Funded as a 2011 TYP grantee, the Coeur d'Alene Tribe is technically “starting up,” just like all other new grantees. But Cheryl Weixel, director of the Coeur d'Alene Benewah Tribal Wellness Center, is in a unique position as the current Program Coordinator; she can refer back to the tribe’s first go-around with TYP from 2005 – 2008. This experience allowed the Tribe to build on parts of their program that worked well.
As a “graduated” grantee starting out with a new grant, Cheryl recently gave tips and advice to the new cohort at the New Grantee Orientation Webinar. In the interview below, we went deeper with her about lessons learned, the importance of good partners, and what she’s most proud of from the first grant.
(EDC TYTTAC) Please tell us a bit about your new program and how it grew out of your old program.
(Cheryl Weixel) Our program is called Strengthening the Spirit and it continues the afterschool and summer youth programming we started with the first grant. But, this time around, we plan to increase our efforts in tracking our 6th, 7th, 8th, and 9th graders through our various programs. We will also be adding to our programming more activities in science, technology, engineering, and math (STEM).
As you move into your second grant, can you tell us of an “Aha! moment” you had from the first grant that you’re now putting into practice?
I think one moment was when we realized that we had a lot of other programs and departments serving the same youth. Just our program alone includes collaboration between the Tribe’s Departments of Education and Natural Resources and the Early Childhood Learning Center. We’ve formed a committee of every tribal department serving youth and each month we come together to look at all the programs and make sure we aren’t overlapping or serving the same group of kids at the detriment of another group of kids. Through this, we’ve learned to not be territorial; there isn’t any one department calling the shots. Instead, it lets us focus on what we all can do to make the Coeur d'Alene youth strong, healthy people. It’s so cool, the friendships that have developed through this cross-department collaboration.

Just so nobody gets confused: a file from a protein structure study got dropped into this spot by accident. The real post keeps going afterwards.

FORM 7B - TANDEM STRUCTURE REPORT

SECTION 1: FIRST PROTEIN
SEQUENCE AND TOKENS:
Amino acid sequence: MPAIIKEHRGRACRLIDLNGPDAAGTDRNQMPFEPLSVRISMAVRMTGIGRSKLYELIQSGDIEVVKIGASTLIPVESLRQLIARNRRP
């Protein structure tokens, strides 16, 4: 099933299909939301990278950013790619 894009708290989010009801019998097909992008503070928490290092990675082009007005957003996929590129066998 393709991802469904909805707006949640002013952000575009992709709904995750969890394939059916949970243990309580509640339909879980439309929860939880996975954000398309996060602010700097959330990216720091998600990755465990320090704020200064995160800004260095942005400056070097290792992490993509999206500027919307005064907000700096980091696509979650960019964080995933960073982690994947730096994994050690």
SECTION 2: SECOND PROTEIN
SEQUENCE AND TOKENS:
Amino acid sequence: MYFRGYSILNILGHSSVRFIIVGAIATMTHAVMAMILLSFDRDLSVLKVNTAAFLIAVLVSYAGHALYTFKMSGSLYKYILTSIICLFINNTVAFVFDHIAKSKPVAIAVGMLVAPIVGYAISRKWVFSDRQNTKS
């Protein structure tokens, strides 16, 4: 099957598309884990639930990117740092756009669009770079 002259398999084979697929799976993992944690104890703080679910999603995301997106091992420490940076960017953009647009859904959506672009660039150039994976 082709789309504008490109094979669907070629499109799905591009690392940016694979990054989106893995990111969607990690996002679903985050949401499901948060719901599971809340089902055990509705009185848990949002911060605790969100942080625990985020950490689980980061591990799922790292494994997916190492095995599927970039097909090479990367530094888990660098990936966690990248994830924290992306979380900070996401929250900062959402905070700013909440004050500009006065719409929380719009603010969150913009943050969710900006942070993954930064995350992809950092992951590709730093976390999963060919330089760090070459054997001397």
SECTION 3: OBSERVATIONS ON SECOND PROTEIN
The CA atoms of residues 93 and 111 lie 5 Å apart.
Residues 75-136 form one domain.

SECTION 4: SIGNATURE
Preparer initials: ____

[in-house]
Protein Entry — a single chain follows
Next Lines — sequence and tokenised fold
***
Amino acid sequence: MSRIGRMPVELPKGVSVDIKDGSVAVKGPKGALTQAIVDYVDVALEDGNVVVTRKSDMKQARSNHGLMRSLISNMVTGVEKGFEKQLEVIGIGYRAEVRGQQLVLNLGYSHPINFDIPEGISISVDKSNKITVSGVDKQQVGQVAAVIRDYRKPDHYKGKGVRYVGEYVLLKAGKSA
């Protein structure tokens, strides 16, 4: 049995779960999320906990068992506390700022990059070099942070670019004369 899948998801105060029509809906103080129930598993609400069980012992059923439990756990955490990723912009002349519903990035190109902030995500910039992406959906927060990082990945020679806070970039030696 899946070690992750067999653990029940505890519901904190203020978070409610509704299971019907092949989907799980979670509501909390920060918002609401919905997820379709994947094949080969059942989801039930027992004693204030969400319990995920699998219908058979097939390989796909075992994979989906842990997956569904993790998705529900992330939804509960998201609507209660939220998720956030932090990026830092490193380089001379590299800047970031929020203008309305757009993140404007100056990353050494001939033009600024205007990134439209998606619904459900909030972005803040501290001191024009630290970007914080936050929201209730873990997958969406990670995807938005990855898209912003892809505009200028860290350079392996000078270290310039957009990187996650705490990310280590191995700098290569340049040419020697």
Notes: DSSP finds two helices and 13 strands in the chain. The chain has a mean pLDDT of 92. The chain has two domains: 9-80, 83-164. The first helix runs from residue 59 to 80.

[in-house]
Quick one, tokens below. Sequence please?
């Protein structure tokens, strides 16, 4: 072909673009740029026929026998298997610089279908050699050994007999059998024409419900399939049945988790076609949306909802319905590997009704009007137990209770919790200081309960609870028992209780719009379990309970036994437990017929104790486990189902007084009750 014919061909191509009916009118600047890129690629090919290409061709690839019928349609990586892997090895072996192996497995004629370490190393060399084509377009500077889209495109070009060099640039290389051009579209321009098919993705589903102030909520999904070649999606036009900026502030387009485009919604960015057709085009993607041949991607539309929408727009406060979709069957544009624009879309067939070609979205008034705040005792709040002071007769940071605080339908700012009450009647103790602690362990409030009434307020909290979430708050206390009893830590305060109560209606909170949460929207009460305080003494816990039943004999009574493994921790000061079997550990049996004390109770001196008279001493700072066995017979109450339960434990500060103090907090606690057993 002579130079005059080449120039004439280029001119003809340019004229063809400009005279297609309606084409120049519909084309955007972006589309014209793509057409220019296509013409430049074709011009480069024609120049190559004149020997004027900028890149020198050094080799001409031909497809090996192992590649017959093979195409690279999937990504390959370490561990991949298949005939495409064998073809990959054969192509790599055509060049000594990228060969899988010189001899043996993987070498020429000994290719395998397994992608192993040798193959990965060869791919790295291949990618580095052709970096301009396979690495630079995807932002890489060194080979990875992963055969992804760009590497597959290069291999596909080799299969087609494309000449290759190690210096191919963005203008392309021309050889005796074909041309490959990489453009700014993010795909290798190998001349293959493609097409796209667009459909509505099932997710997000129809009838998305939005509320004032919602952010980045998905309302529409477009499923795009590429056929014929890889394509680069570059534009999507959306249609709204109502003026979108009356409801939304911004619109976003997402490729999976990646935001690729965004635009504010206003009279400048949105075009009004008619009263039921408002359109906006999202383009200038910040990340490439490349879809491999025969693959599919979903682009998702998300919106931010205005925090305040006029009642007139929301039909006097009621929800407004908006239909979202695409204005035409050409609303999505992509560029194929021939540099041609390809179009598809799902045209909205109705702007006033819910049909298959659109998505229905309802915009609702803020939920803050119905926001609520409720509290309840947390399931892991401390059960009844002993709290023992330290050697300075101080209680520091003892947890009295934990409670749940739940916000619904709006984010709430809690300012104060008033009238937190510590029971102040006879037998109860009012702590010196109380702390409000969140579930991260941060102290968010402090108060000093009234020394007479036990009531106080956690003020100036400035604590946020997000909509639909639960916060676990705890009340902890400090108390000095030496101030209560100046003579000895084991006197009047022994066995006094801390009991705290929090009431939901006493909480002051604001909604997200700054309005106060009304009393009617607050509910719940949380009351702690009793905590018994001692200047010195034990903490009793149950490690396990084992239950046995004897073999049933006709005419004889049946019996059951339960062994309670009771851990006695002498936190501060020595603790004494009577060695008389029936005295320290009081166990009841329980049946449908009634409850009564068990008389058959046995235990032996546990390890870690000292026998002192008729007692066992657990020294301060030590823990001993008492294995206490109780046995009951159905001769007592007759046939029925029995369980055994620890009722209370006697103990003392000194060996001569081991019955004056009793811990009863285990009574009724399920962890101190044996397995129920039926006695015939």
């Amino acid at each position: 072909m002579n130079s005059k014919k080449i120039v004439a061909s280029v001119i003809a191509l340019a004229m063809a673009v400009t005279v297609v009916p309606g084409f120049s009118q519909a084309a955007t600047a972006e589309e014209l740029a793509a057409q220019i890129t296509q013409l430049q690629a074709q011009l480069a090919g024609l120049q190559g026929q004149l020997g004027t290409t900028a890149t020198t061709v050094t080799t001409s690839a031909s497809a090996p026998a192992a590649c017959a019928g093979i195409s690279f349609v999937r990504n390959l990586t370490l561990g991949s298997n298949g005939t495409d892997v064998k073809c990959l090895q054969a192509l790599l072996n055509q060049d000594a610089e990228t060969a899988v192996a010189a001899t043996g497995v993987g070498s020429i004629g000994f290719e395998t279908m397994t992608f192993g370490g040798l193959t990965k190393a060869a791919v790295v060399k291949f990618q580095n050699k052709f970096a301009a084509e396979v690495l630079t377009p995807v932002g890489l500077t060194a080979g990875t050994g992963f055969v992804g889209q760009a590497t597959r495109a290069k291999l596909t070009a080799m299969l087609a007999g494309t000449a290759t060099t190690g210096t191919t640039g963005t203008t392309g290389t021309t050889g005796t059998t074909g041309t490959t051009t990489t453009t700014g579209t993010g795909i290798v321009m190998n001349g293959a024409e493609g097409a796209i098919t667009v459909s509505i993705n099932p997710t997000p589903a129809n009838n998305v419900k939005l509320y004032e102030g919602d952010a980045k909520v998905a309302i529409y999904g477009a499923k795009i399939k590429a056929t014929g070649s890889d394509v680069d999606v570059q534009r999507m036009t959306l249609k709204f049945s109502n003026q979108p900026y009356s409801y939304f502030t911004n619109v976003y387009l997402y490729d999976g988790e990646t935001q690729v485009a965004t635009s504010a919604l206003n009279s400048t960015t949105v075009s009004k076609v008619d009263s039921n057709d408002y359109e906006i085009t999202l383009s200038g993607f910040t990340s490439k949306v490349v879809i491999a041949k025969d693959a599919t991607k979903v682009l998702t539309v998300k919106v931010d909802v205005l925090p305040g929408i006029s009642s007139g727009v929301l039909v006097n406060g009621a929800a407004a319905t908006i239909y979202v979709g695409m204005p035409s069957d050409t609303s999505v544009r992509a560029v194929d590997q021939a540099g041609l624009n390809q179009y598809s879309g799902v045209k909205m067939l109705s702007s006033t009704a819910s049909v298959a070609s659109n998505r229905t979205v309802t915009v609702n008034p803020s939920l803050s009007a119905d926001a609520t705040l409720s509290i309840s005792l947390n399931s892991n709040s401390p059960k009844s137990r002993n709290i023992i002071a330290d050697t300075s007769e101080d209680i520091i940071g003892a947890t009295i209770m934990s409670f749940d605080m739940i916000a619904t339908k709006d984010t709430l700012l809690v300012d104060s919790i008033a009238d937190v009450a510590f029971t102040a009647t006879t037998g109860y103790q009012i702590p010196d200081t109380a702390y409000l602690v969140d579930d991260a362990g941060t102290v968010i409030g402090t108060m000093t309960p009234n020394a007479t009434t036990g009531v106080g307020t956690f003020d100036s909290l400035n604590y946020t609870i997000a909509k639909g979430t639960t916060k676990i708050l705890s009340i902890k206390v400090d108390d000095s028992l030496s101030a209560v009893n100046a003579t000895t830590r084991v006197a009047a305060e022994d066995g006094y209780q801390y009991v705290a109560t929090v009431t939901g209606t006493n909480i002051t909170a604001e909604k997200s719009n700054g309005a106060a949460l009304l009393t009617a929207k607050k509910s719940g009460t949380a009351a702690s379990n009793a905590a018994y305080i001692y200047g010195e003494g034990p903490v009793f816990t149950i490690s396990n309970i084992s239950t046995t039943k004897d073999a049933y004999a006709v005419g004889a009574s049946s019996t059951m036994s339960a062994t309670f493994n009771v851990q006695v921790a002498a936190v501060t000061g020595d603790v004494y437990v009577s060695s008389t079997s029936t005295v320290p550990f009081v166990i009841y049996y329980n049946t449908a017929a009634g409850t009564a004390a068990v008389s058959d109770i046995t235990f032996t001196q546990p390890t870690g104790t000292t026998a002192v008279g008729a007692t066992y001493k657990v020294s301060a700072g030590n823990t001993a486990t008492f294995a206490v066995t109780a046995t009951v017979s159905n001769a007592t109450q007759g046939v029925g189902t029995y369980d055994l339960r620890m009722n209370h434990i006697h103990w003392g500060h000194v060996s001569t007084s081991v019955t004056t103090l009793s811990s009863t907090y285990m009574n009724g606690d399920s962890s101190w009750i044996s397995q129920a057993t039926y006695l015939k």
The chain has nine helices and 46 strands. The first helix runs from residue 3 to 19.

That is cool! Strengthening the Spirit also has quite a few partnering organizations, can you speak more about this?
We’ve reached out to as many organizations as we could to help make our program stronger. We’ve formed a partnership with the University of Idaho Extension office. They’ve provided us with support and resources on areas ranging from 4-H programming, robotics, and various STEM programs, to a food coalition we started in our community. For an isolated community, it’s great to have a partner affiliated with all the resources a university can provide. We also partner with Washington State University Spokane Campus. We have a week-long summer leadership camp for our 6th – 12th graders where they get to spend a week on campus, go to classes and activities all day long, stay in the dorms, and eat in the cafeteria. We think spending this time at the University helps our kids see college as a possibility; they can get comfortable with the idea and not be scared to go away to college. It’s also an opportunity to introduce the kids to the University Native American Clubs and Associations, so they can see that there’s a community for them even when they’re away from home.
Do you have advice for new grantees around grant administration and management that you’d like to share?
Don’t be afraid to communicate with your Program Manager. If you have a question – ask them, that’s what they are there for. Stay up to date on the various reports and deadlines – you’ll feel a lot less stressed if you don’t wait until the last minute when they are due. Get them in 2 weeks ahead of time; that way, if you make a mistake, your Program Manager can help you correct it. Stay true to what you promised in your grant and to the deadlines/milestones you laid out in your strategic plan. Going with that, though, you can make an adjustment to your program if it will better meet your community’s needs. Just be sure to contact your Program Manager early in your thought process and be able to document your steps (get it in email).
What are you most proud of from your first grant that you hope to continue in your second grant?
I’m really proud of our collaboration. Sometimes we have our little disagreements, but at the end of the day, we are all thinking of the kids and their future and what needs to be done. I’m most proud of our kids – they are beginning to be healthier and stronger. We’ve seen the spectrum swing from the darkness to more happy thoughts and hope instead of hopelessness. We want to continue that.